This chapter provides for the composition of the court, the election and dismissal of judges, their functions, salary, sittings etc. Now a break down of chapter I.

  • Composition of the ICJ

The composition of the Court is provided in Article 2 of the Statute which states that the Court shall be composed of a body of independent judges who are elected regardless of their nationality and also stipulates the requirement for eligibility to become a judge; that the person must have high character and possess the qualifications required for appointment to the highest judicial office or are qualified as juris consults of recognized competence in international law.

Article 3 stipulates the composition of the court to consistent of fifteen (15) members, of which two members must not be from the same nationality.

Article 25 further provides that subject to the provisions of the Rules of the Court which could provide for an additional or less number of judges to constitute the court, not less than even judges should sit, however a quorum of nine judges shall constitute the court to hear a matter.

Articles 26-29 states that the court can also establish Chambers composed of five (5) judges to hear and determine particular categories of cases by summary procedure.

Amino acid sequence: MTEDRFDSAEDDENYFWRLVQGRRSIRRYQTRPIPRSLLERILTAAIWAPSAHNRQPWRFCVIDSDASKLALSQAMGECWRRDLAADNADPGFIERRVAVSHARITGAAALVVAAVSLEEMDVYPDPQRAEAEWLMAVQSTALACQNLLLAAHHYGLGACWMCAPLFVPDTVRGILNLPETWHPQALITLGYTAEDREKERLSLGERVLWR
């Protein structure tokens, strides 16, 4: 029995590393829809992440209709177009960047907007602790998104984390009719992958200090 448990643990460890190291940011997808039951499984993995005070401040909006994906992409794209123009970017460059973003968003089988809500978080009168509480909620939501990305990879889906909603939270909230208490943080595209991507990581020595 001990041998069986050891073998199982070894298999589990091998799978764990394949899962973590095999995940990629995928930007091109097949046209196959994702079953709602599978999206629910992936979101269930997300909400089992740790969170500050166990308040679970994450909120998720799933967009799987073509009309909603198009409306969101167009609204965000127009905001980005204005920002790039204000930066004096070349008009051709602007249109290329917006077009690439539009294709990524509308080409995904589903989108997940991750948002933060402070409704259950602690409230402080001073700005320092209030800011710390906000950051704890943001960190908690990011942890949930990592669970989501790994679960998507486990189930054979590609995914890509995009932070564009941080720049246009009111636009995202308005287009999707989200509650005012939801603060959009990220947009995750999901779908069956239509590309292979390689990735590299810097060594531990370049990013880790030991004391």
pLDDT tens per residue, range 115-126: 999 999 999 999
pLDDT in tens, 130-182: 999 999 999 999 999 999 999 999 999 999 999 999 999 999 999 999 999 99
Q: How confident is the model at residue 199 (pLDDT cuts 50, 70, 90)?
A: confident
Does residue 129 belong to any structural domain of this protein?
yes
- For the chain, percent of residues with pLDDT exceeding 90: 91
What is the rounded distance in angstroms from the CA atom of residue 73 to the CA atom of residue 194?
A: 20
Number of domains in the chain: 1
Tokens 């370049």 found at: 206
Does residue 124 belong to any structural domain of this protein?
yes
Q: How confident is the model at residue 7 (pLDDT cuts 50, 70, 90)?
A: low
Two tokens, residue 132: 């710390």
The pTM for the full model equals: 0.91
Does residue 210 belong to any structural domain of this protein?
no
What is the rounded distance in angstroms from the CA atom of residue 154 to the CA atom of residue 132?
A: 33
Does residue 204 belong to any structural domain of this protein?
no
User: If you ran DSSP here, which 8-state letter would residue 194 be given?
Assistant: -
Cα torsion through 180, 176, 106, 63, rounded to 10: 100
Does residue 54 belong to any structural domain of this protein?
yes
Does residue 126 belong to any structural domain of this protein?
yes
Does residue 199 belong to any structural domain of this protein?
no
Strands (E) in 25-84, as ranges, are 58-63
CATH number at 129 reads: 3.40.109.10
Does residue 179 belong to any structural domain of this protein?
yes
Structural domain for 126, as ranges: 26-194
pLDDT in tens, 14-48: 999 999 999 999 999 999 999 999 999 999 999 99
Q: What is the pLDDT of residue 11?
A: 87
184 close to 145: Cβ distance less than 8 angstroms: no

• Selection and Election of Judges

Article 4 provides that the General Assembly and Security Council would prepare a list of persons nominated by national groups in order to select members of the court. Articles 6-8 further provides the procedure for the national groups to make their nominations, that each national group is recommended to consult its highest court of justice, legal faculties and schools of law in order to nominate the persons qualified for the position and the list of nomination would be prepared by the Secretary General in an alphabetical order and submitted to the General Assembly and Security Council as the eligible persons for the election which shall be conducted independently by each organ. The candidates that obtain absolute majority of the votes would be considered elected.

Where there are still vacant seats to fill the position of judges, a joint conference of six (6) m members would be formed to choose eligible persons by the vote of an absolute majority and submit the election result to the General Assembly and Security Council. Where election by the joint conference is not possible, a selection of those elected by the General Assembly and Security Council would be made to fill the vacant seats.

Article 21 provides that the court shall elect its President, Vice President, Registrar and all other necessary officers of the Court. The President and Vice President may be re-elected after fulfilling their three (3) years term.

  • Term of Office

Article 13 provides the term of office for the judges to be nine (9) years of which there may be re-election which is for an additional three (3) years term.

  • Official Requirements of Judges